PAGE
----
Unfortunately, it doesn't work yet! Google Maps is a local search, based on a small area around the center of the map, rather than on the whole map. If I don't know where in the world UN headquarters is, then I'm out of luck trying to find it in this way.

The search must be weighed against the coverage of the map. At present, you get this, which makes no sense.

[To get this 'demo', I found the UN in NYC, re-centered the map, then clicked "link to this page".]

Monday, June 27, 2005

An interface for your conclusions

Imagine GIS layers that overlay Google maps, automatically selected for uncontroversial relevance to a query.

Say that a Google News article was about Nuclear Weapons. A Google GIS link would appear with the story. Click it, and a Map would appear, with checkboxes on the right, unchecked, representing the unweighted layers that the system considers relevant.

* national data: size of a government's nuclear arsenal
* dates & locations of a government's nuclear tests
* national data: dates & estimates of budgets dedicated to nuclear weapon development
* dates & locations of use of nuclear weapons in wartime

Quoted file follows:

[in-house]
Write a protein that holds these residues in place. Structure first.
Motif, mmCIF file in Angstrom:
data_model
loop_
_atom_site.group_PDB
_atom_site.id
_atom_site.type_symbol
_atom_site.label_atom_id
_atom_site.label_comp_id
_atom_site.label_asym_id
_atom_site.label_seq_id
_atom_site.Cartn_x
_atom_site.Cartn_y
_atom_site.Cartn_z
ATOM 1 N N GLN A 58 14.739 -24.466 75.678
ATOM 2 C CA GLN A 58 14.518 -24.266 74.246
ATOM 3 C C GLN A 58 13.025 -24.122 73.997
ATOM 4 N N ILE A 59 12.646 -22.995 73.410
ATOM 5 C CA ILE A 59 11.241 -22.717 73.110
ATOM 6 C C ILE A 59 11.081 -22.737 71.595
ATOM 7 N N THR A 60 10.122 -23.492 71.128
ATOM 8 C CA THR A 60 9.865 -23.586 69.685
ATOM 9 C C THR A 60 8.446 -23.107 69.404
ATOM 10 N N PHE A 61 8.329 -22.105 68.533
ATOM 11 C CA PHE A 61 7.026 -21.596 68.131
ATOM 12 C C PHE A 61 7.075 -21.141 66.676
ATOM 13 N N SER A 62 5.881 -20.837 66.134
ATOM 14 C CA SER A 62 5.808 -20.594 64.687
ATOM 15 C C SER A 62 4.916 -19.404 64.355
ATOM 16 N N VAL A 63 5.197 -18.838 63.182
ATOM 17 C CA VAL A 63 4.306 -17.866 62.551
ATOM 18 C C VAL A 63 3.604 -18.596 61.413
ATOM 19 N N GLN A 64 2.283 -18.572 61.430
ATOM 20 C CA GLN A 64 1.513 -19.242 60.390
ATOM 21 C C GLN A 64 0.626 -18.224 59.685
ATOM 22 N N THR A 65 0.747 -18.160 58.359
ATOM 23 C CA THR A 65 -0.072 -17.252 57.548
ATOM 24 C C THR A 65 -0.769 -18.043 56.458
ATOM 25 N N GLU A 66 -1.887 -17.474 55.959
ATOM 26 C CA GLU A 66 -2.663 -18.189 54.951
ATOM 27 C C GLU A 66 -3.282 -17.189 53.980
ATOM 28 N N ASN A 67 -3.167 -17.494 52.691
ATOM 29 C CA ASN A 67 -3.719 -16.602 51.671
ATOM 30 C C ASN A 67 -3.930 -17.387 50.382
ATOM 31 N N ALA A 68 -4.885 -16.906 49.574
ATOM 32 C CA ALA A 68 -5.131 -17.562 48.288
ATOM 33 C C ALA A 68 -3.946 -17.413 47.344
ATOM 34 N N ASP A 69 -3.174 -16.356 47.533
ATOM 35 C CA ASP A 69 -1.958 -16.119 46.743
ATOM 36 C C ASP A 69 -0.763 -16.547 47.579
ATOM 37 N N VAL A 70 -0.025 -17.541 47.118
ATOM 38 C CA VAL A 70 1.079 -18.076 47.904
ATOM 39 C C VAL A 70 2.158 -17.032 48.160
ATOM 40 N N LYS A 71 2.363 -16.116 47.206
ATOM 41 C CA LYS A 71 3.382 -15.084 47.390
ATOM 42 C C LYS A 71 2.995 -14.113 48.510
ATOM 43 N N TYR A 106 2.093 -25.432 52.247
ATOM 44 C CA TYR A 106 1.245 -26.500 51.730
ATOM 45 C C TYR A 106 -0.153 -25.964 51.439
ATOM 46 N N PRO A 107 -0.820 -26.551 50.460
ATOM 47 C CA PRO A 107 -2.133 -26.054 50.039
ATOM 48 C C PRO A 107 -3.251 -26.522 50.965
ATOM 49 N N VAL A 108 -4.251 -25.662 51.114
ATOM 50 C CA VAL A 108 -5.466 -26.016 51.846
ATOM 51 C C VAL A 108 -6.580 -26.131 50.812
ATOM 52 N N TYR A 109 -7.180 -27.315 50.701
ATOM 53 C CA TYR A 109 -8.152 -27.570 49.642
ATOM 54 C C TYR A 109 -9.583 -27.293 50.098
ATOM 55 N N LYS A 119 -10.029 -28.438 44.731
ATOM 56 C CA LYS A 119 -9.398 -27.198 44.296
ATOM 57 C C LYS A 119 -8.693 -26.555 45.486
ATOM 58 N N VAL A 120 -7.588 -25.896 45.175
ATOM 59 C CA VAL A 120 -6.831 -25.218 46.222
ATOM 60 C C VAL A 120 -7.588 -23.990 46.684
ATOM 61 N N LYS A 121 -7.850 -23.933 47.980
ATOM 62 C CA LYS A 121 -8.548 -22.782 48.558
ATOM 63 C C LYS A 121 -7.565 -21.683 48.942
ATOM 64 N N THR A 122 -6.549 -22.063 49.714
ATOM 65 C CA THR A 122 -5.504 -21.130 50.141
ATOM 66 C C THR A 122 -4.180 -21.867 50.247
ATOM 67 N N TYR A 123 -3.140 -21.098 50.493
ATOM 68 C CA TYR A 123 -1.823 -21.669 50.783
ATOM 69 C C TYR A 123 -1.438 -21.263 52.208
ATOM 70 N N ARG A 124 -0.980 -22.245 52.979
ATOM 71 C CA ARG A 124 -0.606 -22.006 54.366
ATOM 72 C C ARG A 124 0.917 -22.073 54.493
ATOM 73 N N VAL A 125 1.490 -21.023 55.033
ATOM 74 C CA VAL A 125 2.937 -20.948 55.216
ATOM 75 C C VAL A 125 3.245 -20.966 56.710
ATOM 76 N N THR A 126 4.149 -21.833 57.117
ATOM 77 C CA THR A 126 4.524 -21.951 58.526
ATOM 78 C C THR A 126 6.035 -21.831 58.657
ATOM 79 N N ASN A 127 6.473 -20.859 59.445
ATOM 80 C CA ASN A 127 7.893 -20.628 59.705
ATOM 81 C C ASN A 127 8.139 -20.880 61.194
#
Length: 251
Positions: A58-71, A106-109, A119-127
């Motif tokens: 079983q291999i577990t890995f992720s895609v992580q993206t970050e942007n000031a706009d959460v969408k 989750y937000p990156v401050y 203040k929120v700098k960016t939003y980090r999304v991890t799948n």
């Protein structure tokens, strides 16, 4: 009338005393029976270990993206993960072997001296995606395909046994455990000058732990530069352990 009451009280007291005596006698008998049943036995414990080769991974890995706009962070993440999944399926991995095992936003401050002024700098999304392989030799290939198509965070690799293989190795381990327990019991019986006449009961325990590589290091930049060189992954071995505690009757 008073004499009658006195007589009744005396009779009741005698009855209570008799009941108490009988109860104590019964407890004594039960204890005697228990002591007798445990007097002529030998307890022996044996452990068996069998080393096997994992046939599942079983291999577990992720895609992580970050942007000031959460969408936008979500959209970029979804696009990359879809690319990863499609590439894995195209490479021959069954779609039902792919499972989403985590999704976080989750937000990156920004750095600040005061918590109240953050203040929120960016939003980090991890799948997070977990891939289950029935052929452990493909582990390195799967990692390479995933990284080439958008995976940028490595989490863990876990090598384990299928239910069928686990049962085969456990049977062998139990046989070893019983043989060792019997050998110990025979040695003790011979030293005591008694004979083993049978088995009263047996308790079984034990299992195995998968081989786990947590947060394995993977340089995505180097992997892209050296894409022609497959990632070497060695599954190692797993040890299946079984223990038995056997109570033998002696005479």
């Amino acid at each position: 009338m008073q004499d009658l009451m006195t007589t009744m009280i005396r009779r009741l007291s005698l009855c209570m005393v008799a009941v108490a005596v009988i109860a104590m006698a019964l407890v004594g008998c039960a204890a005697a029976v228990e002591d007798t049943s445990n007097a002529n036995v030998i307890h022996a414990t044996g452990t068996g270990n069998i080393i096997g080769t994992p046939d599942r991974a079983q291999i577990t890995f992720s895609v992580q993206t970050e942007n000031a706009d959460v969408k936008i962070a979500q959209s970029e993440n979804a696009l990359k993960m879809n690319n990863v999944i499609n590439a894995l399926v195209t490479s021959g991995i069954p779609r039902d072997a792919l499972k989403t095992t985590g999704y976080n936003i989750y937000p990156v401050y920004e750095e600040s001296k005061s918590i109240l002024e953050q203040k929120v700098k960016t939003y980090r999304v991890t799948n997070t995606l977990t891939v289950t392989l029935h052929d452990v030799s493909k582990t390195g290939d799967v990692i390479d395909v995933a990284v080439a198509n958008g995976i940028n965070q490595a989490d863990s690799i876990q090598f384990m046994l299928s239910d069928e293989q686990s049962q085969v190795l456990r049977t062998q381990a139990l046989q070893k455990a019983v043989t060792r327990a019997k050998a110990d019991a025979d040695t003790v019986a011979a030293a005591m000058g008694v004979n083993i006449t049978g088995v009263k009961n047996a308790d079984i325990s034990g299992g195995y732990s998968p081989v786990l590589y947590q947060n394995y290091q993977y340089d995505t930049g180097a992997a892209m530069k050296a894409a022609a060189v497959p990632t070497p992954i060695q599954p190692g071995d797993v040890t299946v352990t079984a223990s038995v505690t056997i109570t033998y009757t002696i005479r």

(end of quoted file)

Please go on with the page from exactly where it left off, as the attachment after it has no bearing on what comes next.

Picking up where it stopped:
* dates, locations & number of nuclear weapons stationed, by government
* national data: international treaties signed, not signed

I stayed away from controversial, editorial keywords & sources, such as the US government lists of allies, on one side, and Bulletin of Atomic Scientist lists of dangerous acts, on the other. I think, based on the uncontroversial hard data, people will see for themselves who the most dangerous nuclear power on Earth is.

Saturday, June 25, 2005

No analysis

If Google put GIS data on its maps, it would have to be hard data.

It can't include analysis. They'd be in legal trouble, and more, from very powerful interests, if they strayed into the territory of "connecting the dots". This derives from the legal system's insistence that testimony be descriptive and not speculative.